There is art that when you see it, makes your heart start beating like a drum, makes you feel light headed, takes you out of space and time for a while. The energy and potential in them ceaseless. For me it's been pieces like Bernini's 'Apollo and Daphne' or Jules Bastien-Lepage's 'Joan of Arc,' or visiting the Pantheon, that have left me electrified. Discovering Sarah Ryhanen's work in 2008/2009 through Design*Sponge and subsequently her own blog Saipua was the same thing. Her floral arrangements bypassed any rationality and hit me head on.
When I look back at those early blog posts that were the roots of my obsession, they look tamer, smaller, often more clumsy, than her work today. But at the time I had never seen anything like what she was doing. Each piece was revolutionary and filled me with an immediate desire to get my hands on flowers. At some point I admit I wrote a fan email.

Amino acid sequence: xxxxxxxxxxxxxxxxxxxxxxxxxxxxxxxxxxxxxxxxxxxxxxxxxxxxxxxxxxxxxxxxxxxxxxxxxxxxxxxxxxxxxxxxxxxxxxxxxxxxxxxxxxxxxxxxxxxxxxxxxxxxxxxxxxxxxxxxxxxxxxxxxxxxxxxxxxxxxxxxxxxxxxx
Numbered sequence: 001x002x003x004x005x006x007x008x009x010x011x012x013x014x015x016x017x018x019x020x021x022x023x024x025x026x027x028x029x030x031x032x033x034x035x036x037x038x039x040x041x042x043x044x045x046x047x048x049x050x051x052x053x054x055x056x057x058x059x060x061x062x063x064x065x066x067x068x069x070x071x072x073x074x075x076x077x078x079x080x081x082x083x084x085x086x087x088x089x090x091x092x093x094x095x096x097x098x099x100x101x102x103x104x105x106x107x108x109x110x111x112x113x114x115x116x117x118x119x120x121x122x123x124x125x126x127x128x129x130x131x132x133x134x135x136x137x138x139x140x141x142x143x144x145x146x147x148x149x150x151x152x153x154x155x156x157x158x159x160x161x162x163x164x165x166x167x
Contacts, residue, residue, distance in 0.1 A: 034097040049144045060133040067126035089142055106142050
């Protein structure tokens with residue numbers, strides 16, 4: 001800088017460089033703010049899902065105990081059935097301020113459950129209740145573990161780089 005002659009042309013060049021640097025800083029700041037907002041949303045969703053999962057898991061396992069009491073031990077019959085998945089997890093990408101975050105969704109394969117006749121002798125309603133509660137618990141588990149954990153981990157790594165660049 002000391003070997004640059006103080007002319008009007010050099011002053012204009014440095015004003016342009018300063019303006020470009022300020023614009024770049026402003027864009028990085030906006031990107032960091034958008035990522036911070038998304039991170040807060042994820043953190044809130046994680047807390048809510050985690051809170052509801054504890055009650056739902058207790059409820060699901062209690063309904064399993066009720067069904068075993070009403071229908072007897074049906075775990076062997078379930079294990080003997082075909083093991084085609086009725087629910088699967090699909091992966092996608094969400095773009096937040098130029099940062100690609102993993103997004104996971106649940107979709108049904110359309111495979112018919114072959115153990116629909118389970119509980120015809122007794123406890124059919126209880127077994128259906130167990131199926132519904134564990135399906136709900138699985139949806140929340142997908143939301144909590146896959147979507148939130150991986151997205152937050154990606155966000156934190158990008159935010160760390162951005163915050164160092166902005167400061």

Honestly, it would be difficult to overstate the impact seeing her flowers had on me, let alone getting to meet her and watch her work. Over the years her arrangements and her photographs of them have become intense experiences of nature and beauty, of colour, of texture. And she's always searching for better flowers, for better ways to do big weddings, for better ways to run the farm and her business. Recently she was featured again in the New York Times T Magazine.
Lilies make me think of Sarah and Saipua, so once they started blooming I knew I had to make a wild arrangement inspired by her work. I present it now, without her dark sense of humor or easy grace with flowers, but hopefully in a way that conveys fleeting time in the garden and the wildness that hits in height of summer.